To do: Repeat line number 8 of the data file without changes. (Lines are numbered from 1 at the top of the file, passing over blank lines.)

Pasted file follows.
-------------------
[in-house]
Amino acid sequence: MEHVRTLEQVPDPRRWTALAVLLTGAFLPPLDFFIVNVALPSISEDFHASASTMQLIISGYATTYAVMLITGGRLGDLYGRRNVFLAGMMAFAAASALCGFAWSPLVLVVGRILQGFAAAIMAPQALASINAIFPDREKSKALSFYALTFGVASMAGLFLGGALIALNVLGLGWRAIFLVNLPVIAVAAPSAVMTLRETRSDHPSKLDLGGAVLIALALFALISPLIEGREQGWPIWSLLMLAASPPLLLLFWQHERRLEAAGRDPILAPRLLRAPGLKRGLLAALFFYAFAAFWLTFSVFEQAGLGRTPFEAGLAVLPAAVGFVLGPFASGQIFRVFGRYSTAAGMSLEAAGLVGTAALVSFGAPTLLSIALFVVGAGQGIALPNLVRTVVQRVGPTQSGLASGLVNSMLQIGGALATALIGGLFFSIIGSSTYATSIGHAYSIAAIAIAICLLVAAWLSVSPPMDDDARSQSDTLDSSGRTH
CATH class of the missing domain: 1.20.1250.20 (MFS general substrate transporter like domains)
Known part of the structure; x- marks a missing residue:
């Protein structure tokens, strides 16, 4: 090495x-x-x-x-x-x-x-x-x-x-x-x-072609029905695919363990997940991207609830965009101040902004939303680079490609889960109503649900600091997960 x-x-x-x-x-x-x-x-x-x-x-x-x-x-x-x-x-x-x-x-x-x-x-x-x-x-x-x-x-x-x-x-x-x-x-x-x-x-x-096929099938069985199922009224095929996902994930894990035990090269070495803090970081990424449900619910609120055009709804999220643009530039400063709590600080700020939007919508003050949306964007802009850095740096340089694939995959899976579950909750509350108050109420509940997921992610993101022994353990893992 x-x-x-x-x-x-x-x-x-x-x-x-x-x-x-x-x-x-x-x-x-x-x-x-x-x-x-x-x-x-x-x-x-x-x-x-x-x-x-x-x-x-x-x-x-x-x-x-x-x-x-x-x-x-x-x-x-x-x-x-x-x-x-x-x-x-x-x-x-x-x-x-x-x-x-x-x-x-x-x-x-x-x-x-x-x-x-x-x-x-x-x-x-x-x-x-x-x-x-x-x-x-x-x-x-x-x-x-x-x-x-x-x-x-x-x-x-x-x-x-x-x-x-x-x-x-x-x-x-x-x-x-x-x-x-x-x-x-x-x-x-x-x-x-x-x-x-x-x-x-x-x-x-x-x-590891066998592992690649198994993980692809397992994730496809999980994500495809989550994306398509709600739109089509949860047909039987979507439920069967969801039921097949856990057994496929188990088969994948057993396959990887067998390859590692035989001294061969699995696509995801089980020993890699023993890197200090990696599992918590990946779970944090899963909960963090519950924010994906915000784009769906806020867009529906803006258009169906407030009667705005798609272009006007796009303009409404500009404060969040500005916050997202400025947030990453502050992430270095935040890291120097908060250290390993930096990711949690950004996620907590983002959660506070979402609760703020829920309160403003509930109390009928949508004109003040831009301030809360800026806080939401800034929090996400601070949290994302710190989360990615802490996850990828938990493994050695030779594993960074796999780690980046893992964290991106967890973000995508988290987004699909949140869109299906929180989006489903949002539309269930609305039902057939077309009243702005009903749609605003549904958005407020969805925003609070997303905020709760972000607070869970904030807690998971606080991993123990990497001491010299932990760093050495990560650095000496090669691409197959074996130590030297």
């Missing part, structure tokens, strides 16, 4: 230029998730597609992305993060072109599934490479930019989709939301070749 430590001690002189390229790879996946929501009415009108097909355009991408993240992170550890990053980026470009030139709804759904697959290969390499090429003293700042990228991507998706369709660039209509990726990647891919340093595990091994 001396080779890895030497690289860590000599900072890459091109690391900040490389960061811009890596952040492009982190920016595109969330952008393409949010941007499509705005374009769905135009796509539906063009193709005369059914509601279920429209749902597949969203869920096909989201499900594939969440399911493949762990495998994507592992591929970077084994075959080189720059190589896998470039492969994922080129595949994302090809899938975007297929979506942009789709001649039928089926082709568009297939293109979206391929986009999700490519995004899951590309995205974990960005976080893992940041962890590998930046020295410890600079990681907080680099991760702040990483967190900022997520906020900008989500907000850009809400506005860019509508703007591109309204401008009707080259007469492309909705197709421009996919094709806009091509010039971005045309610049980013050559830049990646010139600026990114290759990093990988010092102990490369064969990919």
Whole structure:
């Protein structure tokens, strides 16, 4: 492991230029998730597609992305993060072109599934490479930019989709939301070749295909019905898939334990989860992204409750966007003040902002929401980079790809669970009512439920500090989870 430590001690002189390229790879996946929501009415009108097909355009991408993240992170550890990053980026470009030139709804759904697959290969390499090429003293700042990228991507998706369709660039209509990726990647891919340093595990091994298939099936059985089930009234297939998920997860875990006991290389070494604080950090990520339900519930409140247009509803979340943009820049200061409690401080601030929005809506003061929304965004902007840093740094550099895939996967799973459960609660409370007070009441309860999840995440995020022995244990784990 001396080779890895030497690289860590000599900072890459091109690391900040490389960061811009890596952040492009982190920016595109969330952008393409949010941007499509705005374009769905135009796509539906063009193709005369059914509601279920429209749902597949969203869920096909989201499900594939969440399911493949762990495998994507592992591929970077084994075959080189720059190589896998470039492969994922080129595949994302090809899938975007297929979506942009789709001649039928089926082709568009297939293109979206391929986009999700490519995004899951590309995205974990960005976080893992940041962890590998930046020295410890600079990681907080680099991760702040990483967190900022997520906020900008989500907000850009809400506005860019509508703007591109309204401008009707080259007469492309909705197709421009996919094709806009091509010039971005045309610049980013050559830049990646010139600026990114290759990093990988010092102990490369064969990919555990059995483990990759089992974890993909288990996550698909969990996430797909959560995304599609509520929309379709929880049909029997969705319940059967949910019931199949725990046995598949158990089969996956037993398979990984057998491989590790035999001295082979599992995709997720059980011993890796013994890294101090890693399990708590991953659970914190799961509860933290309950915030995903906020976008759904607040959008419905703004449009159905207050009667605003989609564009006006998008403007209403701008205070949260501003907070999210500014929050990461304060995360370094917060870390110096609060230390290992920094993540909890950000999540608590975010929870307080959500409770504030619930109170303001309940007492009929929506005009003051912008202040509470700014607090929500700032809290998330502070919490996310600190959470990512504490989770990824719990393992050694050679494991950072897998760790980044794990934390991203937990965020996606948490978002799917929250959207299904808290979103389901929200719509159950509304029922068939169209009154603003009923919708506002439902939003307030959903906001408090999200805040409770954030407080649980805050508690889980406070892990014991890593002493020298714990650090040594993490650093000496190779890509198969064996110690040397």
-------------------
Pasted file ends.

């Protein structure tokens, strides 16, 4: 492991230029998730597609992305993060072109599934490479930019989709939301070749295909019905898939334990989860992204409750966007003040902002929401980079790809669970009512439920500090989870 430590001690002189390229790879996946929501009415009108097909355009991408993240992170550890990053980026470009030139709804759904697959290969390499090429003293700042990228991507998706369709660039209509990726990647891919340093595990091994298939099936059985089930009234297939998920997860875990006991290389070494604080950090990520339900519930409140247009509803979340943009820049200061409690401080601030929005809506003061929304965004902007840093740094550099895939996967799973459960609660409370007070009441309860999840995440995020022995244990784990 001396080779890895030497690289860590000599900072890459091109690391900040490389960061811009890596952040492009982190920016595109969330952008393409949010941007499509705005374009769905135009796509539906063009193709005369059914509601279920429209749902597949969203869920096909989201499900594939969440399911493949762990495998994507592992591929970077084994075959080189720059190589896998470039492969994922080129595949994302090809899938975007297929979506942009789709001649039928089926082709568009297939293109979206391929986009999700490519995004899951590309995205974990960005976080893992940041962890590998930046020295410890600079990681907080680099991760702040990483967190900022997520906020900008989500907000850009809400506005860019509508703007591109309204401008009707080259007469492309909705197709421009996919094709806009091509010039971005045309610049980013050559830049990646010139600026990114290759990093990988010092102990490369064969990919555990059995483990990759089992974890993909288990996550698909969990996430797909959560995304599609509520929309379709929880049909029997969705319940059967949910019931199949725990046995598949158990089969996956037993398979990984057998491989590790035999001295082979599992995709997720059980011993890796013994890294101090890693399990708590991953659970914190799961509860933290309950915030995903906020976008759904607040959008419905703004449009159905207050009667605003989609564009006006998008403007209403701008205070949260501003907070999210500014929050990461304060995360370094917060870390110096609060230390290992920094993540909890950000999540608590975010929870307080959500409770504030619930109170303001309940007492009929929506005009003051912008202040509470700014607090929500700032809290998330502070919490996310600190959470990512504490989770990824719990393992050694050679494991950072897998760790980044794990934390991203937990965020996606948490978002799917929250959207299904808290979103389901929200719509159950509304029922068939169209009154603003009923919708506002439902939003307030959903906001408090999200805040409770954030407080649980805050508690889980406070892990014991890593002493020298714990650090040594993490650093000496190779890509198969064996110690040397």